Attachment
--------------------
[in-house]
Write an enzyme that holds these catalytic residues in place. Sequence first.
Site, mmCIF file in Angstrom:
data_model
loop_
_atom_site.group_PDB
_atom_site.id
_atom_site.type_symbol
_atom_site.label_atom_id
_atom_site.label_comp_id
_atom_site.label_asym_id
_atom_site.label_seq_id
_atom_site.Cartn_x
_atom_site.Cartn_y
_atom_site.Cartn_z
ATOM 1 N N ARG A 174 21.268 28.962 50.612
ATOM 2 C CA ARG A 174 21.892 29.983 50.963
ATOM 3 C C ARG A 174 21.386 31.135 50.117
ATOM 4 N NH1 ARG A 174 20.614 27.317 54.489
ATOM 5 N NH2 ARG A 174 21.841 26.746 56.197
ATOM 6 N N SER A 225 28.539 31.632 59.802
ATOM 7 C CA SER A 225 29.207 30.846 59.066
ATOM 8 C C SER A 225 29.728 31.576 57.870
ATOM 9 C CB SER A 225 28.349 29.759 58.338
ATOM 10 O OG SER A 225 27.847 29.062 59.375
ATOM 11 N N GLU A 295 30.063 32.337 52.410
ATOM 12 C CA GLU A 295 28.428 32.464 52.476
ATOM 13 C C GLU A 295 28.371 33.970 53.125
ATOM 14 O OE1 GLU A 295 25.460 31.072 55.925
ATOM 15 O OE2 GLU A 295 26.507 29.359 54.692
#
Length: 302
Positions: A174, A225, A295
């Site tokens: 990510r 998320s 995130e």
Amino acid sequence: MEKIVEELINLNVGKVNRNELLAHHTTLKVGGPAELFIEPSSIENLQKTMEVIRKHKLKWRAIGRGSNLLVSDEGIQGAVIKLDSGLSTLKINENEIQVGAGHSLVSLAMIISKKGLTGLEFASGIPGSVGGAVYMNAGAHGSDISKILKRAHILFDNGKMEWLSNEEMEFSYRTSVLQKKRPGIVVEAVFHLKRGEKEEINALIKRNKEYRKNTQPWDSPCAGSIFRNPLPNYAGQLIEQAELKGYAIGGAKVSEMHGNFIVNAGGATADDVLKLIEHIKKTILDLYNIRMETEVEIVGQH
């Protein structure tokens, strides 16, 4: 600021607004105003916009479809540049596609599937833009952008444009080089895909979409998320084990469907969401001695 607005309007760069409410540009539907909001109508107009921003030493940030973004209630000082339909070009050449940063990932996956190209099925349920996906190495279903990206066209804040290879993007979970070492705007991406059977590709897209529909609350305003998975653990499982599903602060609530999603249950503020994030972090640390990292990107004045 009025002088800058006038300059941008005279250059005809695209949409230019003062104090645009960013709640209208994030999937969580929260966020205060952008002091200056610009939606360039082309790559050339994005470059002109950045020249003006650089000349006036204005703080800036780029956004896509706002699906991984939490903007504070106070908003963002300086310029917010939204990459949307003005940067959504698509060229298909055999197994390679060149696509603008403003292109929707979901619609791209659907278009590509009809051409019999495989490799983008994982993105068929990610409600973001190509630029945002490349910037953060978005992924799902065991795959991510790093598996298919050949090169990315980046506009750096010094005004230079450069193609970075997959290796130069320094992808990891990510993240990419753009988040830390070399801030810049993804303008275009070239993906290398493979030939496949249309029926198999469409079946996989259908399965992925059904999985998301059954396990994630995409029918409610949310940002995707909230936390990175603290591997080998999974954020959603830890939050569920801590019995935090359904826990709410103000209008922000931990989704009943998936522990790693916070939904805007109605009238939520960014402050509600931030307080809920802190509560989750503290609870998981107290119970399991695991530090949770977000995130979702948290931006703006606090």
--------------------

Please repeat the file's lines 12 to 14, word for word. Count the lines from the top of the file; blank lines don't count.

_atom_site.label_seq_id
_atom_site.Cartn_x
_atom_site.Cartn_y